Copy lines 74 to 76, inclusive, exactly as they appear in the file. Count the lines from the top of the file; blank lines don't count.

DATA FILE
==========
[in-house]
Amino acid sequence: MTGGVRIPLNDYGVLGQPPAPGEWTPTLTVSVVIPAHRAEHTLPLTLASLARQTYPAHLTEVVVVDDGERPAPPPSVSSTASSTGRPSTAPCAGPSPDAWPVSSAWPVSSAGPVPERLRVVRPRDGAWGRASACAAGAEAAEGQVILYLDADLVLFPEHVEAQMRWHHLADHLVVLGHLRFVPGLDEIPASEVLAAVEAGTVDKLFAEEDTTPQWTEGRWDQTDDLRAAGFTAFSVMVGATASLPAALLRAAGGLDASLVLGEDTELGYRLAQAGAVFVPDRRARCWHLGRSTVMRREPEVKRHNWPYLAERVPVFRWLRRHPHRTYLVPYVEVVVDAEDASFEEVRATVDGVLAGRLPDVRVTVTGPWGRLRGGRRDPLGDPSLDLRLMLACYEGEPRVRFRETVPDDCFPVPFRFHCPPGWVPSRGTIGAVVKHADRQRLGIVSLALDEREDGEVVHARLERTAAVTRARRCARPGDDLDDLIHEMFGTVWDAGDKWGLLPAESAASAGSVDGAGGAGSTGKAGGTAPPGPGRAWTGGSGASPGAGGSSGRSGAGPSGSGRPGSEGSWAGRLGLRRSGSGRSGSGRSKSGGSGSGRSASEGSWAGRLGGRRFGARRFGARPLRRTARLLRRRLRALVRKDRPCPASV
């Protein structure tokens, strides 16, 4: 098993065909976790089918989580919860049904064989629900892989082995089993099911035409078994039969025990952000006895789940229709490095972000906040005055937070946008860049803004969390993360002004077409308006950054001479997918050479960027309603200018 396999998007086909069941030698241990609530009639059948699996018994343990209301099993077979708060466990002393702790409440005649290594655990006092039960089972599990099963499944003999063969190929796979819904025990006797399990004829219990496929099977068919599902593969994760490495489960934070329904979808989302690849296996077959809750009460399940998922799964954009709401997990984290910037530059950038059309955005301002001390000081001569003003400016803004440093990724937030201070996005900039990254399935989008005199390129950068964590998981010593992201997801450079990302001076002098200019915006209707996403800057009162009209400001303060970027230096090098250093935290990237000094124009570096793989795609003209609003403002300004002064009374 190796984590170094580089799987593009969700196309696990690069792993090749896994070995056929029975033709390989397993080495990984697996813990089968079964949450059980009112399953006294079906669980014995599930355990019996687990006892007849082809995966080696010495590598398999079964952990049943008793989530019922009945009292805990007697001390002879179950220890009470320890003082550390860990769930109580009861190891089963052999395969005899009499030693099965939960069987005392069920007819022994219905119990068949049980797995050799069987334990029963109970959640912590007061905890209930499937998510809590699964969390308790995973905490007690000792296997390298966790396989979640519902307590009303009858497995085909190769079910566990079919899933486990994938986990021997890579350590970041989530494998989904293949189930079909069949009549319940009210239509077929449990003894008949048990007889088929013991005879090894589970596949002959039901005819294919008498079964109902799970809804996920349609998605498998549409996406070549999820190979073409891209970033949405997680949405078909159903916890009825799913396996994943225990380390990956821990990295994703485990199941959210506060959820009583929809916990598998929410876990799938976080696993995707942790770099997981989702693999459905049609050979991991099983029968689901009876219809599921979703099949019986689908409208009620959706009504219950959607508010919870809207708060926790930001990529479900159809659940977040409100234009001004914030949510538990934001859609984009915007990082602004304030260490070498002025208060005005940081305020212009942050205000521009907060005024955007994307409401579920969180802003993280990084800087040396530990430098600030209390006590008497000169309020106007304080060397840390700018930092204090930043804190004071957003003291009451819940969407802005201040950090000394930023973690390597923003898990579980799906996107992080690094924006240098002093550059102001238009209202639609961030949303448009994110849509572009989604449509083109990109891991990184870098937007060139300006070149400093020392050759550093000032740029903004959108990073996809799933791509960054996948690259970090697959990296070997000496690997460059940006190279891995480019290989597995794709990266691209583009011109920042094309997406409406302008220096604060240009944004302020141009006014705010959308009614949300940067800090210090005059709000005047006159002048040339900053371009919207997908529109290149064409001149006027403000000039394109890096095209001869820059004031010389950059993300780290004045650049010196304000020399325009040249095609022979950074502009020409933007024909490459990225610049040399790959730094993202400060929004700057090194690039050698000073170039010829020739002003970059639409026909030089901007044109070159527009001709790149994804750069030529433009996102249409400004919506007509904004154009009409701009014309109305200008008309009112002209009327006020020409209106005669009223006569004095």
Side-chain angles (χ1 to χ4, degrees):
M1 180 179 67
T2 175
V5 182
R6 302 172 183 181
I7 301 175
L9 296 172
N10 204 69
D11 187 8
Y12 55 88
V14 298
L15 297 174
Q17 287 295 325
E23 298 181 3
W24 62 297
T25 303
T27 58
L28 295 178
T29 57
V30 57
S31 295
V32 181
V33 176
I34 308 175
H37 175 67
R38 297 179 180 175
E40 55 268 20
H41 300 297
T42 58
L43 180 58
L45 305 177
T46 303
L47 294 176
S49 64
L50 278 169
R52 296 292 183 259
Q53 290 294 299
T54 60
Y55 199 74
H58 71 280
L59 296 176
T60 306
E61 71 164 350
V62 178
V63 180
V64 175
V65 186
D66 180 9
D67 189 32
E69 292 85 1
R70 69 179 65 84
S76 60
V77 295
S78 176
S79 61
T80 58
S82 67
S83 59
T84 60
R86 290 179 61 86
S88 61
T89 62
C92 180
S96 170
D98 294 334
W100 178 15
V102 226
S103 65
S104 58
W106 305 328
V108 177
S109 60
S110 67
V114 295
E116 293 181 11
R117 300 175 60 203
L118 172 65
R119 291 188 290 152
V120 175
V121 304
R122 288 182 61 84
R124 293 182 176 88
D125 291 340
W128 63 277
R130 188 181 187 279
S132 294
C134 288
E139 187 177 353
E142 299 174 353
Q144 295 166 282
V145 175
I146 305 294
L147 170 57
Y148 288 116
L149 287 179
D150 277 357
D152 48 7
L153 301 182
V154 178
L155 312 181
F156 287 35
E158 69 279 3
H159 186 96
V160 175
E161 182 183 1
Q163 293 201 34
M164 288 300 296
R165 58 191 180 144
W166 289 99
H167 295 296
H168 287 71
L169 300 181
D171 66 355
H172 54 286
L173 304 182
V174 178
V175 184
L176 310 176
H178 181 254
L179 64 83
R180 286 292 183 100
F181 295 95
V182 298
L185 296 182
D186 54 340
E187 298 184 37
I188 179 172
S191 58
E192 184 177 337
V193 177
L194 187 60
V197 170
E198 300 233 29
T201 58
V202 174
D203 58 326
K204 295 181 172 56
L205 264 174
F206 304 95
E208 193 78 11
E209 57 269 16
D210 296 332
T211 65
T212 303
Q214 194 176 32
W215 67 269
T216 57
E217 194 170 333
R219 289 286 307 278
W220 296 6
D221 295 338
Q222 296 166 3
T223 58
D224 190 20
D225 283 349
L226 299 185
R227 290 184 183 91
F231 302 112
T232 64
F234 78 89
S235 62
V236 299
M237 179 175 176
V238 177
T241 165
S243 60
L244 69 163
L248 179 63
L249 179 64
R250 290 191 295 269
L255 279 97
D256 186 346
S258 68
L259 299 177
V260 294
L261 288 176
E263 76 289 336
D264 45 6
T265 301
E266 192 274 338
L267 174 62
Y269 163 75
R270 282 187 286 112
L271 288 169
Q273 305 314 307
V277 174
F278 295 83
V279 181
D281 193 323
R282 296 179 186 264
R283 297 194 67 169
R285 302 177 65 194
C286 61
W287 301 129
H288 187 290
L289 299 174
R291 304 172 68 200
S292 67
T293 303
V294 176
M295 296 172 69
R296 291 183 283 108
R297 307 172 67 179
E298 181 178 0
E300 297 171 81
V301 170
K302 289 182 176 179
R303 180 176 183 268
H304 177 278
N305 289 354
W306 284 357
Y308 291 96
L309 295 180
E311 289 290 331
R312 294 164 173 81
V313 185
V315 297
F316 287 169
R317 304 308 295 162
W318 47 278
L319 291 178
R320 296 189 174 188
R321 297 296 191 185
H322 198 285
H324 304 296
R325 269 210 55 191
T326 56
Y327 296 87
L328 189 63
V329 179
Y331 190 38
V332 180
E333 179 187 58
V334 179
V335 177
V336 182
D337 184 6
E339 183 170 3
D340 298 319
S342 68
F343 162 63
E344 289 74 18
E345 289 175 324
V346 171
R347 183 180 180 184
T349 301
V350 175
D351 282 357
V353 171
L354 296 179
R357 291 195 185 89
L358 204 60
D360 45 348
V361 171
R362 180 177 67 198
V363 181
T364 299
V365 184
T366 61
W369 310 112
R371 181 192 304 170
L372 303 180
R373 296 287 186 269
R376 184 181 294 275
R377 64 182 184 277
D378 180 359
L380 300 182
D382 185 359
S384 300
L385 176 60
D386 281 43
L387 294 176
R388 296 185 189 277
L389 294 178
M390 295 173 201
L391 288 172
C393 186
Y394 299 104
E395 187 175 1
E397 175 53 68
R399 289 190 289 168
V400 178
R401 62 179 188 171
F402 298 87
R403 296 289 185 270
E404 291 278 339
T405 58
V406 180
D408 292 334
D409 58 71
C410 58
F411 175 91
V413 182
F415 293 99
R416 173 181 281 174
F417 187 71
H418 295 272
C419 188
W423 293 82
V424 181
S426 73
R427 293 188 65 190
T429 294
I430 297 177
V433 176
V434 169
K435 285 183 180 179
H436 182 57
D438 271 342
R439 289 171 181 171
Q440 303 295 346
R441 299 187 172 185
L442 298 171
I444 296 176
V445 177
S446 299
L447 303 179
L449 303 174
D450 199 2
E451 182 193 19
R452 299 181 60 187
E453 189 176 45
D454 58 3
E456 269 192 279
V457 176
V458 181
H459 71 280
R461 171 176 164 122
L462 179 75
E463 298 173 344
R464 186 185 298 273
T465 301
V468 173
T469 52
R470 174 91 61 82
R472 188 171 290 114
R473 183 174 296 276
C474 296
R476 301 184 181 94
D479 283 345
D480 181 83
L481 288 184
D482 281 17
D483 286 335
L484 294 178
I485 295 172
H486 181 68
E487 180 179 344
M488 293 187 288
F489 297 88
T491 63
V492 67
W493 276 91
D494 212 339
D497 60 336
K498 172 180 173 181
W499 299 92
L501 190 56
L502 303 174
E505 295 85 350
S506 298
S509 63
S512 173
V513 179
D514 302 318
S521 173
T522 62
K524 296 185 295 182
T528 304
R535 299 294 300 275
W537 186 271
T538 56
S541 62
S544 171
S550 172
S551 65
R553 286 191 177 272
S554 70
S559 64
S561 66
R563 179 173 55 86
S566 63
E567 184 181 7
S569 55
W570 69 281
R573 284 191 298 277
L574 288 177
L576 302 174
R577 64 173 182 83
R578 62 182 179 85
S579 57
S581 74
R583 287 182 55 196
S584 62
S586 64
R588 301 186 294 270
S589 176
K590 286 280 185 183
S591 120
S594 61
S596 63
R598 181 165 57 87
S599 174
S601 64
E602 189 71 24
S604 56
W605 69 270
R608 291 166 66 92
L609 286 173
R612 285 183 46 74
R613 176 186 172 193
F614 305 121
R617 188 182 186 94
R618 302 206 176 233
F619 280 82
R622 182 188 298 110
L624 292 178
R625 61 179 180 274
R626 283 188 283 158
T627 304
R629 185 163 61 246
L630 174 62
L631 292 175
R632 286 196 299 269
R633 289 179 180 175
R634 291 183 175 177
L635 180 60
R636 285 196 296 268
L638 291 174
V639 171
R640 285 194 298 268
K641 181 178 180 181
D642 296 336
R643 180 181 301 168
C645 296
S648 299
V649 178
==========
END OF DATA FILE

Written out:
V108 177
S109 60
S110 67